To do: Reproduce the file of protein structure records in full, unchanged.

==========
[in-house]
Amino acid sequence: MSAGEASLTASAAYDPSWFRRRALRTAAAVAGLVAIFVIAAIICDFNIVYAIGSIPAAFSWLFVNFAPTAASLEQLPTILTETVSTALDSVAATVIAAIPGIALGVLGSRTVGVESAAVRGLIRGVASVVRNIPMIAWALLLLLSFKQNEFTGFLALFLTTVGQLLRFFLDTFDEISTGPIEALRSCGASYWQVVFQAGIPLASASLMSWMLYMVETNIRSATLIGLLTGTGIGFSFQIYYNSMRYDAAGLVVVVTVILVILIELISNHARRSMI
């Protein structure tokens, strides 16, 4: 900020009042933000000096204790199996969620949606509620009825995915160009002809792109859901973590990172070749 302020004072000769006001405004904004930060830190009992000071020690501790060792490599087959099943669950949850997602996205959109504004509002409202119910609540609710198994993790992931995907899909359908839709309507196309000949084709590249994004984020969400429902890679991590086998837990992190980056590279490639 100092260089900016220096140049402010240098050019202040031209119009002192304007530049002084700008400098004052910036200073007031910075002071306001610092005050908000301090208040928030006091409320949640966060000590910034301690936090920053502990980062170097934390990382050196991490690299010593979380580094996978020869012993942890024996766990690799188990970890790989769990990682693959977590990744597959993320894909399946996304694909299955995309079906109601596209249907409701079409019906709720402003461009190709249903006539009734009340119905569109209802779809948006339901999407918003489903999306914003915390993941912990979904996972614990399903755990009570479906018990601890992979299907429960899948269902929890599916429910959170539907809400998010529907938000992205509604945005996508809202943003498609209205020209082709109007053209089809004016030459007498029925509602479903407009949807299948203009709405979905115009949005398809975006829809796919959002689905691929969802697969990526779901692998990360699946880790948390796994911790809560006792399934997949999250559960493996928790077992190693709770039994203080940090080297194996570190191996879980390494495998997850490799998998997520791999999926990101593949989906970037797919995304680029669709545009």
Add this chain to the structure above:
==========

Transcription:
[in-house]
Amino acid sequence: MSAGEASLTASAAYDPSWFRRRALRTAAAVAGLVAIFVIAAIICDFNIVYAIGSIPAAFSWLFVNFAPTAASLEQLPTILTETVSTALDSVAATVIAAIPGIALGVLGSRTVGVESAAVRGLIRGVASVVRNIPMIAWALLLLLSFKQNEFTGFLALFLTTVGQLLRFFLDTFDEISTGPIEALRSCGASYWQVVFQAGIPLASASLMSWMLYMVETNIRSATLIGLLTGTGIGFSFQIYYNSMRYDAAGLVVVVTVILVILIELISNHARRSMI
């Protein structure tokens, strides 16, 4: 900020009042933000000096204790199996969620949606509620009825995915160009002809792109859901973590990172070749 302020004072000769006001405004904004930060830190009992000071020690501790060792490599087959099943669950949850997602996205959109504004509002409202119910609540609710198994993790992931995907899909359908839709309507196309000949084709590249994004984020969400429902890679991590086998837990992190980056590279490639 100092260089900016220096140049402010240098050019202040031209119009002192304007530049002084700008400098004052910036200073007031910075002071306001610092005050908000301090208040928030006091409320949640966060000590910034301690936090920053502990980062170097934390990382050196991490690299010593979380580094996978020869012993942890024996766990690799188990970890790989769990990682693959977590990744597959993320894909399946996304694909299955995309079906109601596209249907409701079409019906709720402003461009190709249903006539009734009340119905569109209802779809948006339901999407918003489903999306914003915390993941912990979904996972614990399903755990009570479906018990601890992979299907429960899948269902929890599916429910959170539907809400998010529907938000992205509604945005996508809202943003498609209205020209082709109007053209089809004016030459007498029925509602479903407009949807299948203009709405979905115009949005398809975006829809796919959002689905691929969802697969990526779901692998990360699946880790948390796994911790809560006792399934997949999250559960493996928790077992190693709770039994203080940090080297194996570190191996879980390494495998997850490799998998997520791999999926990101593949989906970037797919995304680029669709545009």
Add this chain to the structure above: